Covid-19 – a hard blow to the emerging markets
Due to the Covid-19 pandemic, the emerging markets’ (EM) overall GDP looks set to shrink for the first time since the Second World War. Most large EM countries have imposed economic lockdowns, while commodity prices have dropped and global trade has decreased. Fiscal and monetary policy manoeuvring room is also small in most EM economies.
Can monetary policy save the EM economies?
We expect additional rate cuts by EM central banks. However, monetary policy stimulus in the form of quantitative easing (QE) will only be possible in a limited number of EM countries. Limited monetary policy options, with the use of QE being unfeasible, also circumscribe the use of fiscal policy measures.
Gross government debt in EM countries has increased to 53 per cent of GDP in 2019 from 34 per cent of GDP in 2008, which implies that several economies have now reached the limit for how much they can borrow without pushing up interest rates to unsustainable levels.
China – first to lock down and to reopen
Since China was the first country hit by the coronavirus outbreak, its economy was greatly affected during the first quarter. A near complete lockdown of some regions in February contributed to a GDP decline of 6.8 per cent, year-on-year. During Q2, activity has begun to recover, the upturn being driven mainly by the manufacturing industry.
Lingering risks of a new infection wave are generating headwinds for the Chinese economy. World economic deceleration is also hampering recovery by lowering China’s exports. Beijing has been relatively cautious about stimulating the economy, in order to avoid a large increase in an already high debt level. Still, monetary policy has become more expansionary. We expect further monetary easing in the coming months. All in all, we expect the economy to grow by 2.0 per cent this year and by 9.0 per cent in 2021, as treatments and a possible vaccine against Covid-19 become available.
India – World’s biggest stay-at-home order
India abruptly shut down almost all production on March 22.The authorities have now begun a gradual easing of their measures, to avoid an economic and humanitarian catastrophe. However, restarting production is being made difficult by labour shortage, due to many migrant workers having already returned to their home regions.
The Reserve Bank of India has lowered its key interest rate and eased credit regulations in order to facilitate lending. More monetary easing will be needed. We expect the key interest rate, which is currently at 4.40 per cent, to end 2020 at 3.90 per cent.
India’s fiscal stimulus measures have been limited, amounting to less than 1 per cent of GDP and consisting mainly of food and cash handouts to the poor. One obstacle is budget rules that are intended to prevent excessive deficits, but Prime Minister Narendra Modi and his government will probably be forced to relax these rules. Room for this is however limited, with central government debt approaching 70 per cent of GDP.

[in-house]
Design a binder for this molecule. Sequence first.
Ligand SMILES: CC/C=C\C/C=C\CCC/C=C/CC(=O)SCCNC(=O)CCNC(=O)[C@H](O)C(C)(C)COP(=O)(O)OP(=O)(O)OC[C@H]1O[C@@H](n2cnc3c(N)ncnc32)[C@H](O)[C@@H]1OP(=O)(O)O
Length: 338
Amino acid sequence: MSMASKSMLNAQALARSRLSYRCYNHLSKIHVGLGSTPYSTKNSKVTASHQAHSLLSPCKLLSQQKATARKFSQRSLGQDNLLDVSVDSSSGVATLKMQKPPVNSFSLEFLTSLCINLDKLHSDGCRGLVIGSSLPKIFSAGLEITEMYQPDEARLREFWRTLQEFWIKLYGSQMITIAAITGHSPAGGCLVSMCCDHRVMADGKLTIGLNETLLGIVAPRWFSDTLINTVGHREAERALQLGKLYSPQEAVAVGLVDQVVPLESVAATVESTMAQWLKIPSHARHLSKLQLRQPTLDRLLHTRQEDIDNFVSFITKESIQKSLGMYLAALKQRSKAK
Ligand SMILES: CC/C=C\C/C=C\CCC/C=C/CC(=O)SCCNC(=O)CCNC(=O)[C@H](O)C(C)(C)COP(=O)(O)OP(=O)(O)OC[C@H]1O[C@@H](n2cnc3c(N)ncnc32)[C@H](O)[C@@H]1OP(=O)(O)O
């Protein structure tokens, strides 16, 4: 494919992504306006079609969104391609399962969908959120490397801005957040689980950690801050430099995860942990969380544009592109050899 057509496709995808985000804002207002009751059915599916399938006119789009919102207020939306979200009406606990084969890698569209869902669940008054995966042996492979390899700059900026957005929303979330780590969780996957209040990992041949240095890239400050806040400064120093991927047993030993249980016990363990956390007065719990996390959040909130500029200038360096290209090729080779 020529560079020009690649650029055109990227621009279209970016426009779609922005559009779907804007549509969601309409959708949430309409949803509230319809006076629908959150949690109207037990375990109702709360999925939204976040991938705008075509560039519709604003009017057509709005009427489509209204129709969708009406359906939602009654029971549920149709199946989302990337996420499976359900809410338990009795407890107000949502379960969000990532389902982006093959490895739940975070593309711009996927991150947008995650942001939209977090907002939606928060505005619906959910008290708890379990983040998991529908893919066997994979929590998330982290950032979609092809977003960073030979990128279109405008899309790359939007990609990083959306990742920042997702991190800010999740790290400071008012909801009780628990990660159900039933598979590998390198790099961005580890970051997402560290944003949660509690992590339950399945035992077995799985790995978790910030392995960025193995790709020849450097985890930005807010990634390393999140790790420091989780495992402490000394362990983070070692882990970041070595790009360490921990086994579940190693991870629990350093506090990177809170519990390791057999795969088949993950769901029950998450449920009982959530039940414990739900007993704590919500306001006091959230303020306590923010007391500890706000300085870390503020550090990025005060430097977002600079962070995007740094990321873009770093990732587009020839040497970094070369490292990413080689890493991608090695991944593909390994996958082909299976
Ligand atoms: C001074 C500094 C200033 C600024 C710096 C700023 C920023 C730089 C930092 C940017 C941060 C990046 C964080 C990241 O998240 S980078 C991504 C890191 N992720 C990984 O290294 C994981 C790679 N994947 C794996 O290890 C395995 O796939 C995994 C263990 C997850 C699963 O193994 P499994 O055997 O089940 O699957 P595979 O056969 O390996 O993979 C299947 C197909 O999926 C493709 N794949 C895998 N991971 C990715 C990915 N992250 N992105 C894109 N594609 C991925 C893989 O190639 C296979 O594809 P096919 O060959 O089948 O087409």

The Covid-19 crisis hit an Indian economy that was already weak. We expect a GDP growth of 2.0 per cent this year and 5.3 per cent in 2021.
Russia – early but insufficient steps
The Covid-19 pandemic is affecting the Russian economy both because of lower oil revenues and the authorities being forced to impose economic lockdowns. Russia was one of the first countries to stop visitors from China, but its leaders waited before taking any further steps.
So far, the Kremlin’s response to the crisis has been relatively cautious compared to Western Europe and the US. The fiscal stimulus measures that have been announced total 2-3 per cent of GDP. Meanwhile, the government has announced tax increases for high income earners, in order to finance part of the stimulus measures. This caution reflects an unwillingness to increase government debt.
The Russian central bank (CBR) left its key interest rate unchanged in March, to avoid further weakening the rouble. We believe that its key rate will end up at 4.50 per cent in 2020 before being hiked to 5.00 per cent late in 2021, as the economy begins to grow and inflation rises.
Overall, we expect GDP to fall by 5.5-6.0 per cent this year.
Brazil – Sinking back into a political brawl
Like India, Brazil entered the Covid-19 crisis from a weak position, with growth of only 1.1 per cent in 2019. President Jair Bolsonaro has been unwilling to acknowledge the severity of the threat. The tensions between the president and the National Congress have increased, as well as the internal tensions in the Bolsonaro administration.
Because of political infighting, Brazil acted late and there was poor coordination between national and local authorities. The direct fiscal stimulus measures that have, despite all, been approved total only around 1 per cent of GDP. But inflation has remained at historically low levels, which allowed the central bank to lower its key rate to 3.75 per cent, the lowest ever. We expect a further rate cut to 3.50 per cent at the May 6, 2020 policy meeting.
Exports have not fallen as much as feared in March, but in light of the global economic slowdown their downturn is likely to accelerate in the coming months. As in other countries, large portions of the Brazilian economy are locked down at present, and many restrictions look set to remain in place at least until the end of the second quarter. We expect GDP to fall by 5.0-5.5 per cent in 2020. The recovery will remain slow next year, due to, among other factors, political paralysis.